News and Media

Innovations in Forage Management

March 16, 2017
 
FOR IMMEDIATE RELEASE
Contact: Shelly Mayer
800-947-7379
mail@pdpw.org
 
Full Media Package is available (i.e. speaker photo, flyer, press release, etc.)
 
Review Flyer: Conference Flyer
Review Press Release: Conference Press Release
Logos: PDPW, Mission Driven, 25th Medallion, and Highlight Box
All Conference: Speaker Headshots
 
Innovations in Forage Management
 
MADISON, WIS. – A lot of things have changed over the years when it comes to forage management and feeding dairy cows, but one thing that remains constant is the importance of digestibility in a herd's ration. Dr. Dan Undersander, forage agronomist with the University of Wisconsin-Extension, told attendees during the Professional Dairy Producers 2017 PDPW Business Conference in Madison, Wis., that calorie intake is the key to making sure your cows are getting the most energy from their feed.
 
“As farm managers, it's good to remember that effective feed management begins on the day your forage seeds are planted,” Dr. Undersander said. “We find that a lot of alfalfa growers are planting way too much seed. We recommend no more than 10 pounds of seed per acre.”

Another key to harvesting quality alfalfa is to minimize leaf loss on the plant while it is being baled or chopped. Undersander said up to 70 percent of the quality changes in forage are due to leaf loss while the crop is being handled in the field.
 
Dr. David Combs, professor in the Department of Dairy Science at the UW-Madison, added that innovations in genetics and on-farm storage systems are other important factors in maintaining quality forage. He says new varieties of low-lignin alfalfa are made to increase digestibility and starch intake.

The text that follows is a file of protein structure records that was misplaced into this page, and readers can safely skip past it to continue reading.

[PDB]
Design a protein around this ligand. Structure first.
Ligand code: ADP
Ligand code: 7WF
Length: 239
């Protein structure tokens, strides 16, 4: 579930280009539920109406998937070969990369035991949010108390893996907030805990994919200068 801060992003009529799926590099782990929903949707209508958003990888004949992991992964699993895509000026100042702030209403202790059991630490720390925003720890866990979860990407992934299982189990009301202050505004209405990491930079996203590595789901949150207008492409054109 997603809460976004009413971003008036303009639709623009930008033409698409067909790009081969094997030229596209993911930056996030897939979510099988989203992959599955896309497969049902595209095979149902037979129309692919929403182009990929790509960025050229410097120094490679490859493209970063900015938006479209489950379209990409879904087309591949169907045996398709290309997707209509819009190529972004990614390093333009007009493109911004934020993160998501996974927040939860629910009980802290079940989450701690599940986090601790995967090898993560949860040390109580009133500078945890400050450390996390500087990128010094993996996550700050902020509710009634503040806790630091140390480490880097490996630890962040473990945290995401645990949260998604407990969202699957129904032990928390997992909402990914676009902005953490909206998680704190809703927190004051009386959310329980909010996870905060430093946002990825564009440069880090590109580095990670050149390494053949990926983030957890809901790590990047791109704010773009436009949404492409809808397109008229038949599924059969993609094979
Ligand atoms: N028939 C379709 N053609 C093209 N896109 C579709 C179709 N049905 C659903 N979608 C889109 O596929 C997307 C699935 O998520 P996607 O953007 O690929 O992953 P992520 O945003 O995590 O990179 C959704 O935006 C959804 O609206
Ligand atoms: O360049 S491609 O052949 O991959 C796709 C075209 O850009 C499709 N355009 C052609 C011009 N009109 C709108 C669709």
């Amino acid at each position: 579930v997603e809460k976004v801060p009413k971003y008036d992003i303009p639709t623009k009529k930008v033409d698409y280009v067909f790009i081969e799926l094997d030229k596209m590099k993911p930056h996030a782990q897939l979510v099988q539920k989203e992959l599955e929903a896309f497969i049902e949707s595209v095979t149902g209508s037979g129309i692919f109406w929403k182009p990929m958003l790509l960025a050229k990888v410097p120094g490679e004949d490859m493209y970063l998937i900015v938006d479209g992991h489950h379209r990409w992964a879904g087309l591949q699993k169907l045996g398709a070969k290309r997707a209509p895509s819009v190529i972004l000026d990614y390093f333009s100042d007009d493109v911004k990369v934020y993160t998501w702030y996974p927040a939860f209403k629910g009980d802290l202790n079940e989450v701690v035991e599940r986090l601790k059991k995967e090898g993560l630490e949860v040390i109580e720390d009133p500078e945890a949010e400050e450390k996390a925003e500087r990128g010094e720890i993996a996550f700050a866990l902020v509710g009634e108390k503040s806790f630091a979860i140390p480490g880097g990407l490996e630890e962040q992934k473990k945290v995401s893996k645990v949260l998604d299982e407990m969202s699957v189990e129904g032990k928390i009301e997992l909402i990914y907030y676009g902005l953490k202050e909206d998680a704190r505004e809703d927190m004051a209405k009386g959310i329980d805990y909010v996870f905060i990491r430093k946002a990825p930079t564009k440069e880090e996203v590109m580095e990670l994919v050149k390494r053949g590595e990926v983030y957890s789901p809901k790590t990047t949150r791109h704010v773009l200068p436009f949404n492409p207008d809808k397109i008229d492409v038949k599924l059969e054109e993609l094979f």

“In addition to these new varieties on the market, we are also seeing more large dairies adding grasses to their rations,” Combs said.
 
He also pointed out that growers should analyze their lab test sheets for ash content. Combs noted that if that amount is larger than six percent, it means there is too much soil in the total mixed ration (TMR).
 
“High ash content could mean dirt is getting into the TMR by scooping the feed from plastic bags or bunkers too close to the ground,” Combs suggested. “Or sometimes, when there is a heavy rain, the soil can actually splash up on to the stem and leaves of the plant.”
 
The two forage experts shared that newer seed varieties allow the crop to maintain its quality longer, which means growers can wait for yields to increase without sacrificing nutritional quality.
 
The 2017 PDPW Business Conference is brought to you by the Professional Dairy Producers®. Dairy producers from around the world gathered to engage in professional development and network with each other and other industry professionals. To learn more about the 2017 PDPW Business Conference and to see the 25th Anniversary Celebration photo and video coverage, visit www.pdpw.org or follow the social media presence with #myPDPW.
 
Professional Dairy Producers (PDPW) is the nation’s largest dairy producer-led, grassroots organization of its kind, focusing on education, networking and professional development to shares ideas, solutions, resources and experiences that help dairy producers succeed. 
 
###